1. I mean two things here. The first is to recognize the bad external circumstances over which you have power, and change them. If you need more sleep, start going to bed early tonight. If you watch depressing or violent television, stop. If you read salacious literature, don’t. If you watch the food network and feel hungry all the time, stop watching it.
    2. There are also internal conditions of feelings. These can be beliefs and thought patterns. If you really believe that you are worthless, then you really will feel like a worthless. Repeat true, Biblical statements to yourself until your belief is changed. “I am in loved by God.” “I am made in God’s image.” “God is worth giving up my immediate desires.” “Self-denial for the sake of Jesus is good.” “With wisdom, I can have good success before God and man.” Other beliefs or processes can be important as well. I have several circumstances that opposed my life success that everybody I know says were the fault of others who took advantage of my niceness and problem solving ability. If I live my whole life thinking about how so-and-so messed me up, I will live my whole life weakening my resolve. So, I’ve chosen to believe that I am fully responsible for those failures and what comes next. This belief is only partly true, but I don’t know enough about those other people’s intentions to really believe that meant to take advantage of me. But I do know that I simply did not have a biblical form of self-love and put others interests before my own in an unbiblical fashion.[5] Learning to change this past belief to one of personal ownership of the result has helped me have way more peace about my current circumstances and to feel must more ownership over my course in life.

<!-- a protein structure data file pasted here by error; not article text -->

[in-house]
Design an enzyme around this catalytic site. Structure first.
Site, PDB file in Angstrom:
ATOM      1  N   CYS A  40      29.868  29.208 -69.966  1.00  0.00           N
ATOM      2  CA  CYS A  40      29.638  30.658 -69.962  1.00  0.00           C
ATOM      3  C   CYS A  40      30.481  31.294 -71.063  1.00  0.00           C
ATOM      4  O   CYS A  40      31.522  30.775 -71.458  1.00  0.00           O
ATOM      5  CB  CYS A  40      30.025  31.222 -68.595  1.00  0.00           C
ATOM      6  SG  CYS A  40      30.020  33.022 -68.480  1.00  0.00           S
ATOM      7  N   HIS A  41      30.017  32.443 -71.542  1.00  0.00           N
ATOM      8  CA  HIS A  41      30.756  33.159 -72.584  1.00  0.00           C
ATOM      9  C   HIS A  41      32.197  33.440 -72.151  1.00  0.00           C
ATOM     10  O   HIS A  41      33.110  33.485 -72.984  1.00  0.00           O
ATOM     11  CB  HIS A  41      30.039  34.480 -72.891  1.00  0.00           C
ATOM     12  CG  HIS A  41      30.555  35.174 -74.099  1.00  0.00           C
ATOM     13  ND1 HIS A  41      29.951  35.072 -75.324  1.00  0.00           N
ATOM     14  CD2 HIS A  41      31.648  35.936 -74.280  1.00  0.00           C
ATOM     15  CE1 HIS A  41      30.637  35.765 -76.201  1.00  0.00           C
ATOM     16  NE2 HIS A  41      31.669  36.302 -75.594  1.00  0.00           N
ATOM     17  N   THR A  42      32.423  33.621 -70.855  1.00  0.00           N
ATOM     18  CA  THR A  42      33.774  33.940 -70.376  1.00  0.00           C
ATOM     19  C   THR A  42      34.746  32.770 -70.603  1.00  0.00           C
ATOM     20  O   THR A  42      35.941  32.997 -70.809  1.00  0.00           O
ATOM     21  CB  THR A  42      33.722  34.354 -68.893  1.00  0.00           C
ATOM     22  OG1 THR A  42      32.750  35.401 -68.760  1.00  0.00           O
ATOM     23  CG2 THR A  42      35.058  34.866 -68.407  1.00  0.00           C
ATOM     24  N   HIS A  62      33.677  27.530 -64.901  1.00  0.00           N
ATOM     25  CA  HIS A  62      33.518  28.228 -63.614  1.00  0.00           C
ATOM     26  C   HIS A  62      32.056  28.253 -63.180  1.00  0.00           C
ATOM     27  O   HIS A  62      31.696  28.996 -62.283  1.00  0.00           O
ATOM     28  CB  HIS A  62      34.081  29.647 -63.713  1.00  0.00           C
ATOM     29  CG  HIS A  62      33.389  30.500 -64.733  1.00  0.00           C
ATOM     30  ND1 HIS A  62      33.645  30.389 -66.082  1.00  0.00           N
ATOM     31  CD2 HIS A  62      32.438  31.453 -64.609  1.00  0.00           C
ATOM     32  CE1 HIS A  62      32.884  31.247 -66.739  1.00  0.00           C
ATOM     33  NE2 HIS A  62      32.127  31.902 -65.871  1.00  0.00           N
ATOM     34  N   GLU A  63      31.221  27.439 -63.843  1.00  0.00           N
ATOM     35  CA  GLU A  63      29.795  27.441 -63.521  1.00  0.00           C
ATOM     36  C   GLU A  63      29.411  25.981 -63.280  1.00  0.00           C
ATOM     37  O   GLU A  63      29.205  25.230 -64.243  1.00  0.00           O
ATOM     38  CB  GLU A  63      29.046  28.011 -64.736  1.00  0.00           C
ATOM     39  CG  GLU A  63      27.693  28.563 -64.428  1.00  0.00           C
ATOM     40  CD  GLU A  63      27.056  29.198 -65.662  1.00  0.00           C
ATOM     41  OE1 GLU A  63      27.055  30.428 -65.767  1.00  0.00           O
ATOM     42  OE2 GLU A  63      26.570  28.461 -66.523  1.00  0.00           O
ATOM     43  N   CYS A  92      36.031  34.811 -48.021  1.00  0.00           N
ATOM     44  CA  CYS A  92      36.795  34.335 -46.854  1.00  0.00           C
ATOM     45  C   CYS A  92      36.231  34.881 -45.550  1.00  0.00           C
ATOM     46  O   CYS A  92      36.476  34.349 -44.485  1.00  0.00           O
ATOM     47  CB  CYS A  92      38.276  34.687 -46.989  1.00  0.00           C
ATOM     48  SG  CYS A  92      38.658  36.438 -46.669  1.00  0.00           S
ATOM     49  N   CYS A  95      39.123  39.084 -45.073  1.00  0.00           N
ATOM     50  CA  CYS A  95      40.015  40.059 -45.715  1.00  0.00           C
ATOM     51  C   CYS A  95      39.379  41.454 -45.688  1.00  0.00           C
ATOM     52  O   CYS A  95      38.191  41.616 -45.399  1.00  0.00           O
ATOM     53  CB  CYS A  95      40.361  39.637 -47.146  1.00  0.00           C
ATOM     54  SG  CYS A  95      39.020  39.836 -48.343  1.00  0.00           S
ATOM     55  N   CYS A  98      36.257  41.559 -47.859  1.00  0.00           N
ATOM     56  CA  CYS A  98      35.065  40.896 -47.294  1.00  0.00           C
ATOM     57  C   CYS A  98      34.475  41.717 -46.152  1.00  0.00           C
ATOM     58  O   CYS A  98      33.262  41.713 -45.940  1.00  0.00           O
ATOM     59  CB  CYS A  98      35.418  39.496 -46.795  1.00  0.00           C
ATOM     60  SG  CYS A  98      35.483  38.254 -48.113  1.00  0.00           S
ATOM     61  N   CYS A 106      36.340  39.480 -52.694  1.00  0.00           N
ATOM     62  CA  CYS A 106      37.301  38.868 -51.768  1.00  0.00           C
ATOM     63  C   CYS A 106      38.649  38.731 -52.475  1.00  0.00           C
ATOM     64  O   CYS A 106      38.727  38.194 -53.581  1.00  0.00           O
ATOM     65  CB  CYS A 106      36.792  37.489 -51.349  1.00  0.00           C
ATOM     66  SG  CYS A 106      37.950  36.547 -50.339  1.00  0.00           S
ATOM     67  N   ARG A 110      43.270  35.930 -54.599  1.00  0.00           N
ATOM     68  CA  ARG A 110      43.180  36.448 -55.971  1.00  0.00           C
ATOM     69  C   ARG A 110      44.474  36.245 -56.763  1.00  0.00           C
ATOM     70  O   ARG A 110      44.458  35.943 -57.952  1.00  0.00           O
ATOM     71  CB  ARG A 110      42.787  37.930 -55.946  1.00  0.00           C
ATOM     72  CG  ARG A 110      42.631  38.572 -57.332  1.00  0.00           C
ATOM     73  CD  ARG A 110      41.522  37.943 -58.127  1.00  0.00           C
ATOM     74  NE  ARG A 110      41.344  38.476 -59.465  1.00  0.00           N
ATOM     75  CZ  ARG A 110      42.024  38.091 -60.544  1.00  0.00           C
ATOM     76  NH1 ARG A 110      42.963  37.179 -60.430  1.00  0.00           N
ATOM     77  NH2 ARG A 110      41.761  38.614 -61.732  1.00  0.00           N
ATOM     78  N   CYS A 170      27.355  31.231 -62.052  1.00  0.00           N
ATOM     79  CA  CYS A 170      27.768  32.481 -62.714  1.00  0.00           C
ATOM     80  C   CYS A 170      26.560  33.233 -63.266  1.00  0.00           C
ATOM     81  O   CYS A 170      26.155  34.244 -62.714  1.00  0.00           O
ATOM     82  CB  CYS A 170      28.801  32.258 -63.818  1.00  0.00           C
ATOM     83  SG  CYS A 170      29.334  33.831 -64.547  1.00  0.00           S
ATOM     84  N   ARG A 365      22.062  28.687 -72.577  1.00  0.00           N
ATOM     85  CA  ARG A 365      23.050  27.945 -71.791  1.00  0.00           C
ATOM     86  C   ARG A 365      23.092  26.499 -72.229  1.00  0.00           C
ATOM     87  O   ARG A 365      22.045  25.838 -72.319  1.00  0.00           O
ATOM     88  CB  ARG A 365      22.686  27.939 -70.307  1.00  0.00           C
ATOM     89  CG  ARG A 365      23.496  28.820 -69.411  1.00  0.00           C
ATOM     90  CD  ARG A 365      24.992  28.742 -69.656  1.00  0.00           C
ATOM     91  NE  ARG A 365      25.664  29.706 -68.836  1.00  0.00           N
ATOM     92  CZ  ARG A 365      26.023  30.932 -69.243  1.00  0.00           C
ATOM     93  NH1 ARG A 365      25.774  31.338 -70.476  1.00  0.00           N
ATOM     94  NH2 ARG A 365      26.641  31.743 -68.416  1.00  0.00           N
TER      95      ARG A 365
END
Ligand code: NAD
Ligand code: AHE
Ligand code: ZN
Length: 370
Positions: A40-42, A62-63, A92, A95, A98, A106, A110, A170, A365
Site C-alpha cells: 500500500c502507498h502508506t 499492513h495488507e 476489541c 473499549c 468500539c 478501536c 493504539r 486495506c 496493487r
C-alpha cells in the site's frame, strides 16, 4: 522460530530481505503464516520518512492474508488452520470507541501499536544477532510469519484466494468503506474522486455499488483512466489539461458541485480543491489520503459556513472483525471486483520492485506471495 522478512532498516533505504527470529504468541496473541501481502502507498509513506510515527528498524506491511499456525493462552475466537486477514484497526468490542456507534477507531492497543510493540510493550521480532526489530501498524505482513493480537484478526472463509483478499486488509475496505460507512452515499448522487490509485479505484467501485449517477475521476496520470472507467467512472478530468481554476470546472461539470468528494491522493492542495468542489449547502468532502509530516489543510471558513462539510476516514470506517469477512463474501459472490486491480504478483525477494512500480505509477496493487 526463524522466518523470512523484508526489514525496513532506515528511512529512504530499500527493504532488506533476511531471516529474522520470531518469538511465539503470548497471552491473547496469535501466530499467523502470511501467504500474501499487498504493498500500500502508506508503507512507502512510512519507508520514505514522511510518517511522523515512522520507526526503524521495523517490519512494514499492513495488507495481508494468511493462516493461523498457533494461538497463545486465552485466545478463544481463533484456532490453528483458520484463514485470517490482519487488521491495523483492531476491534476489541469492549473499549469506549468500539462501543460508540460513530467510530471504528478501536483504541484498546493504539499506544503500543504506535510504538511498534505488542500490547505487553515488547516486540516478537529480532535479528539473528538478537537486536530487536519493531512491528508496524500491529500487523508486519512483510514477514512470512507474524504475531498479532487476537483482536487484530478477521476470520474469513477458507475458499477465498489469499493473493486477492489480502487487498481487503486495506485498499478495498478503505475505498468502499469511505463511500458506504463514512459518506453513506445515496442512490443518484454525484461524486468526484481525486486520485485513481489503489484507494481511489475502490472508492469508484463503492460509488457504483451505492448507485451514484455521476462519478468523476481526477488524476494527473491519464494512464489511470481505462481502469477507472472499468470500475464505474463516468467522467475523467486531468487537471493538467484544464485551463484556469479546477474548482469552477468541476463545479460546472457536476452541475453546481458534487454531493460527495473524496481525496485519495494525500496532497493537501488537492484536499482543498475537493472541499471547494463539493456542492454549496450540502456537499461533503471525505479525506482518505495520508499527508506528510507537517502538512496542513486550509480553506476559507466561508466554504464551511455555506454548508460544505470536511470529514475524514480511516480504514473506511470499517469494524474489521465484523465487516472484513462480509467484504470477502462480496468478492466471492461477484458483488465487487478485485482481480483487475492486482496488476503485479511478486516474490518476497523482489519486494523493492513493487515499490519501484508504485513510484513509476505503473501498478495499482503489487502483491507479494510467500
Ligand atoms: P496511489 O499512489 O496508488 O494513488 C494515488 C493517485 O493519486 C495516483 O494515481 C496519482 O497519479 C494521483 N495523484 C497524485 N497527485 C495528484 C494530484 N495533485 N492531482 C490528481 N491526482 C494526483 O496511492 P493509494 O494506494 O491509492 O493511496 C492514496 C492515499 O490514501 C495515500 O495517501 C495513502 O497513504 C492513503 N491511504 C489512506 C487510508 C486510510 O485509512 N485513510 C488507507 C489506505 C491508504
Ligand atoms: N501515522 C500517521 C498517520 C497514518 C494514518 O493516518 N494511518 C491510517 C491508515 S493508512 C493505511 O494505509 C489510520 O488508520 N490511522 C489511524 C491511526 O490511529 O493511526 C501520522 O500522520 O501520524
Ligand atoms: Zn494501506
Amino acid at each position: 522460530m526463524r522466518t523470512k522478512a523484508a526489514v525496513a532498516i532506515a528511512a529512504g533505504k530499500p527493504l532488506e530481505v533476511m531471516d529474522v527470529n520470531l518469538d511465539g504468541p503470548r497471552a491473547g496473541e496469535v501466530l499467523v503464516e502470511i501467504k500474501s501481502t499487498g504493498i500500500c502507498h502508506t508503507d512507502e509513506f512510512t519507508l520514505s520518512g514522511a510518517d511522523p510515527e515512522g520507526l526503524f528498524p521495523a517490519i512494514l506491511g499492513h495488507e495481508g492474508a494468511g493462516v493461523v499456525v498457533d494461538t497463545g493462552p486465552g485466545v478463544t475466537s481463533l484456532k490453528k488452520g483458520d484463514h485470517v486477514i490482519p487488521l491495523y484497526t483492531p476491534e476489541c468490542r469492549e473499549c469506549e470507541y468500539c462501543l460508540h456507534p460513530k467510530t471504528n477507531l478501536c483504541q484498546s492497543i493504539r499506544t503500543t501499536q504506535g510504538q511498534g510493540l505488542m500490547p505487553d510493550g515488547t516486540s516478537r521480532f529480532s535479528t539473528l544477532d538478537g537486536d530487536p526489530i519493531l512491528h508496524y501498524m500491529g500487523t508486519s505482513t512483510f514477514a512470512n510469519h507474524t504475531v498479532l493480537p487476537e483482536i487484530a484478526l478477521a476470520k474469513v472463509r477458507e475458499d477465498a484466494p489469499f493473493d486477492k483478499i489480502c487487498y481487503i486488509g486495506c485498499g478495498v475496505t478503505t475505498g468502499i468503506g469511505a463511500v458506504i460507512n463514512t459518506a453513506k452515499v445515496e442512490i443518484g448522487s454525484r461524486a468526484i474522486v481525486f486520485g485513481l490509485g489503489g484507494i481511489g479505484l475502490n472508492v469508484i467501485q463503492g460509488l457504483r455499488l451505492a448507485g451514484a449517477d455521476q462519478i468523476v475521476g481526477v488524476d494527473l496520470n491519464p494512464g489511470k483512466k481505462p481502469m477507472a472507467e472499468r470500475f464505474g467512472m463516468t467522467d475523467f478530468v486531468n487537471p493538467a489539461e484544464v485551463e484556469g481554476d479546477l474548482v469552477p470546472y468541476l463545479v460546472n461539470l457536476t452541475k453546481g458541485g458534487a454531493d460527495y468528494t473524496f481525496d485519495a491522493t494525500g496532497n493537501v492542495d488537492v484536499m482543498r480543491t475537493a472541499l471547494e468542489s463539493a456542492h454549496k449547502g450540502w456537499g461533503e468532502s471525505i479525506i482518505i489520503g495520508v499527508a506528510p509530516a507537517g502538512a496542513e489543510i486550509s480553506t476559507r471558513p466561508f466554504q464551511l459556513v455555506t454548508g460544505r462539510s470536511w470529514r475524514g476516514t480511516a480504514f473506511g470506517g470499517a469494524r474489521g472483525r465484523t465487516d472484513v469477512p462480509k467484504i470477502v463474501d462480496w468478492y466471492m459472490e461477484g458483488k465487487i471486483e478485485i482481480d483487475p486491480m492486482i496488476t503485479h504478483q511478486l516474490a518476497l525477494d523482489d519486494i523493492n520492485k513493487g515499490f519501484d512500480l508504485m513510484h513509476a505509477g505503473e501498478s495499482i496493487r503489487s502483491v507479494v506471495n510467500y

4. Don’t repress your feelings, but change them (in the ways mentioned above) or use them constructively